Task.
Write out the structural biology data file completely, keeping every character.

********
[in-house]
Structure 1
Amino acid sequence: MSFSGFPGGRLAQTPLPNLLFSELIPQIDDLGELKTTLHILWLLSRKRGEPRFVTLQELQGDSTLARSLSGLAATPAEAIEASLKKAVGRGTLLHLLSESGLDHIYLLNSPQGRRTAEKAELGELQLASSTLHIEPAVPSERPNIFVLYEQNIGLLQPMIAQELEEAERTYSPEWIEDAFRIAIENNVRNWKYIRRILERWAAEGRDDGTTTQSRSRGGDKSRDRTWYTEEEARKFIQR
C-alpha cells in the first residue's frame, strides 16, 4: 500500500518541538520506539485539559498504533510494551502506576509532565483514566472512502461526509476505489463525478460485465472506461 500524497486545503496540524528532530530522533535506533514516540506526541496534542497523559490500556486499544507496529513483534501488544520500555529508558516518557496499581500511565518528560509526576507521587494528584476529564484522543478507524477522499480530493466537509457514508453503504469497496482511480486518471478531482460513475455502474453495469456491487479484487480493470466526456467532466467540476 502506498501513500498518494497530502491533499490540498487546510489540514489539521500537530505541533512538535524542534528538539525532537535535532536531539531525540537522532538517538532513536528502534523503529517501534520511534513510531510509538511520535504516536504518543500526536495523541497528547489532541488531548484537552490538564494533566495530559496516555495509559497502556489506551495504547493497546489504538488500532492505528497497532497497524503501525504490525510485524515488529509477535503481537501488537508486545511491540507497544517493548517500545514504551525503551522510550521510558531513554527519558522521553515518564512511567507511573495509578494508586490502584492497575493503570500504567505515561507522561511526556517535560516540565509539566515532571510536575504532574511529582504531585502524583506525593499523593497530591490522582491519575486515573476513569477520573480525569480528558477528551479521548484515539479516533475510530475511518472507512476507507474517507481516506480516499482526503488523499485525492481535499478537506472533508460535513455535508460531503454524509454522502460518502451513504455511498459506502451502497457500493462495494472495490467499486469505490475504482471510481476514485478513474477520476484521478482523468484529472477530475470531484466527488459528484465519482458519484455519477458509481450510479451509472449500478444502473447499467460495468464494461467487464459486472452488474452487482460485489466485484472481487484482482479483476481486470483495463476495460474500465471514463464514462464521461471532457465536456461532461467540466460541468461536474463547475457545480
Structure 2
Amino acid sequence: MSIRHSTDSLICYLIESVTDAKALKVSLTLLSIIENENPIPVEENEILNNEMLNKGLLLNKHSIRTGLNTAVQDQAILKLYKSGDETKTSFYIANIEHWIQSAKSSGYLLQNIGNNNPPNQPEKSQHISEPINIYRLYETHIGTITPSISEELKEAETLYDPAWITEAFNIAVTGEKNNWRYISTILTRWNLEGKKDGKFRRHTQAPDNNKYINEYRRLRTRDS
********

[in-house]
Structure 1
Amino acid sequence: MSFSGFPGGRLAQTPLPNLLFSELIPQIDDLGELKTTLHILWLLSRKRGEPRFVTLQELQGDSTLARSLSGLAATPAEAIEASLKKAVGRGTLLHLLSESGLDHIYLLNSPQGRRTAEKAELGELQLASSTLHIEPAVPSERPNIFVLYEQNIGLLQPMIAQELEEAERTYSPEWIEDAFRIAIENNVRNWKYIRRILERWAAEGRDDGTTTQSRSRGGDKSRDRTWYTEEEARKFIQR
C-alpha cells in the first residue's frame, strides 16, 4: 500500500518541538520506539485539559498504533510494551502506576509532565483514566472512502461526509476505489463525478460485465472506461 500524497486545503496540524528532530530522533535506533514516540506526541496534542497523559490500556486499544507496529513483534501488544520500555529508558516518557496499581500511565518528560509526576507521587494528584476529564484522543478507524477522499480530493466537509457514508453503504469497496482511480486518471478531482460513475455502474453495469456491487479484487480493470466526456467532466467540476 502506498501513500498518494497530502491533499490540498487546510489540514489539521500537530505541533512538535524542534528538539525532537535535532536531539531525540537522532538517538532513536528502534523503529517501534520511534513510531510509538511520535504516536504518543500526536495523541497528547489532541488531548484537552490538564494533566495530559496516555495509559497502556489506551495504547493497546489504538488500532492505528497497532497497524503501525504490525510485524515488529509477535503481537501488537508486545511491540507497544517493548517500545514504551525503551522510550521510558531513554527519558522521553515518564512511567507511573495509578494508586490502584492497575493503570500504567505515561507522561511526556517535560516540565509539566515532571510536575504532574511529582504531585502524583506525593499523593497530591490522582491519575486515573476513569477520573480525569480528558477528551479521548484515539479516533475510530475511518472507512476507507474517507481516506480516499482526503488523499485525492481535499478537506472533508460535513455535508460531503454524509454522502460518502451513504455511498459506502451502497457500493462495494472495490467499486469505490475504482471510481476514485478513474477520476484521478482523468484529472477530475470531484466527488459528484465519482458519484455519477458509481450510479451509472449500478444502473447499467460495468464494461467487464459486472452488474452487482460485489466485484472481487484482482479483476481486470483495463476495460474500465471514463464514462464521461471532457465536456461532461467540466460541468461536474463547475457545480
Structure 2
Amino acid sequence: MSIRHSTDSLICYLIESVTDAKALKVSLTLLSIIENENPIPVEENEILNNEMLNKGLLLNKHSIRTGLNTAVQDQAILKLYKSGDETKTSFYIANIEHWIQSAKSSGYLLQNIGNNNPPNQPEKSQHISEPINIYRLYETHIGTITPSISEELKEAETLYDPAWITEAFNIAVTGEKNNWRYISTILTRWNLEGKKDGKFRRHTQAPDNNKYINEYRRLRTRDS